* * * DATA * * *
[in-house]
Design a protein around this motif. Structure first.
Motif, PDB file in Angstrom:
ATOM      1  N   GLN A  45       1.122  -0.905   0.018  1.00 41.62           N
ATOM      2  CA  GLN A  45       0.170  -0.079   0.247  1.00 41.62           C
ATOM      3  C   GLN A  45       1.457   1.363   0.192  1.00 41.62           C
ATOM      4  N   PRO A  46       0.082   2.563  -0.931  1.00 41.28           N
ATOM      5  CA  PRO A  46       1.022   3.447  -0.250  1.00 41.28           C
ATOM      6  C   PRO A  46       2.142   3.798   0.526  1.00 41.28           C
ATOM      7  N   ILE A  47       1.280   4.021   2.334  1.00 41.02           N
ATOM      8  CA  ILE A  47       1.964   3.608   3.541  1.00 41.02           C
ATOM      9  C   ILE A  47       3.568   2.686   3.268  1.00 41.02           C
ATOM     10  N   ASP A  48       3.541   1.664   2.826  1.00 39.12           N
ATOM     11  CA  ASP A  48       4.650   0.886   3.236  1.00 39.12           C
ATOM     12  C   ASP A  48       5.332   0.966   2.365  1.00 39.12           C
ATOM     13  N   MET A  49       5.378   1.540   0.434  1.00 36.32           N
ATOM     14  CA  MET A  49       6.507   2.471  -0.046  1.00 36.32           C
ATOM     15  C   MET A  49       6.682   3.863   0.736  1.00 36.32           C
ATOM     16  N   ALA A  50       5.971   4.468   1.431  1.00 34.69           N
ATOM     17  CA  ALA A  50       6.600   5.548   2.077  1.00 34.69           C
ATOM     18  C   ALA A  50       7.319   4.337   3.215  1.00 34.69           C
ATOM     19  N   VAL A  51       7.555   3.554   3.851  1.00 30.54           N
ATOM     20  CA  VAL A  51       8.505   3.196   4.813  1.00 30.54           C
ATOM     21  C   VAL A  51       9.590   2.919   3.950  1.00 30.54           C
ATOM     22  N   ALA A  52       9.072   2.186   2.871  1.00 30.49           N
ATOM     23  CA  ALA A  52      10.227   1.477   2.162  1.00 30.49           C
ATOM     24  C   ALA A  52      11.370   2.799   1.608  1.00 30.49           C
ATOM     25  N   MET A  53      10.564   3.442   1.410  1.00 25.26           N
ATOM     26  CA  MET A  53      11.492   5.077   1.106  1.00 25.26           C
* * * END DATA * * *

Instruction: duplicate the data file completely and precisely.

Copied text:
[in-house]
Design a protein around this motif. Structure first.
Motif, PDB file in Angstrom:
ATOM      1  N   GLN A  45       1.122  -0.905   0.018  1.00 41.62           N
ATOM      2  CA  GLN A  45       0.170  -0.079   0.247  1.00 41.62           C
ATOM      3  C   GLN A  45       1.457   1.363   0.192  1.00 41.62           C
ATOM      4  N   PRO A  46       0.082   2.563  -0.931  1.00 41.28           N
ATOM      5  CA  PRO A  46       1.022   3.447  -0.250  1.00 41.28           C
ATOM      6  C   PRO A  46       2.142   3.798   0.526  1.00 41.28           C
ATOM      7  N   ILE A  47       1.280   4.021   2.334  1.00 41.02           N
ATOM      8  CA  ILE A  47       1.964   3.608   3.541  1.00 41.02           C
ATOM      9  C   ILE A  47       3.568   2.686   3.268  1.00 41.02           C
ATOM     10  N   ASP A  48       3.541   1.664   2.826  1.00 39.12           N
ATOM     11  CA  ASP A  48       4.650   0.886   3.236  1.00 39.12           C
ATOM     12  C   ASP A  48       5.332   0.966   2.365  1.00 39.12           C
ATOM     13  N   MET A  49       5.378   1.540   0.434  1.00 36.32           N
ATOM     14  CA  MET A  49       6.507   2.471  -0.046  1.00 36.32           C
ATOM     15  C   MET A  49       6.682   3.863   0.736  1.00 36.32           C
ATOM     16  N   ALA A  50       5.971   4.468   1.431  1.00 34.69           N
ATOM     17  CA  ALA A  50       6.600   5.548   2.077  1.00 34.69           C
ATOM     18  C   ALA A  50       7.319   4.337   3.215  1.00 34.69           C
ATOM     19  N   VAL A  51       7.555   3.554   3.851  1.00 30.54           N
ATOM     20  CA  VAL A  51       8.505   3.196   4.813  1.00 30.54           C
ATOM     21  C   VAL A  51       9.590   2.919   3.950  1.00 30.54           C
ATOM     22  N   ALA A  52       9.072   2.186   2.871  1.00 30.49           N
ATOM     23  CA  ALA A  52      10.227   1.477   2.162  1.00 30.49           C
ATOM     24  C   ALA A  52      11.370   2.799   1.608  1.00 30.49           C
ATOM     25  N   MET A  53      10.564   3.442   1.410  1.00 25.26           N
ATOM     26  CA  MET A  53      11.492   5.077   1.106  1.00 25.26           C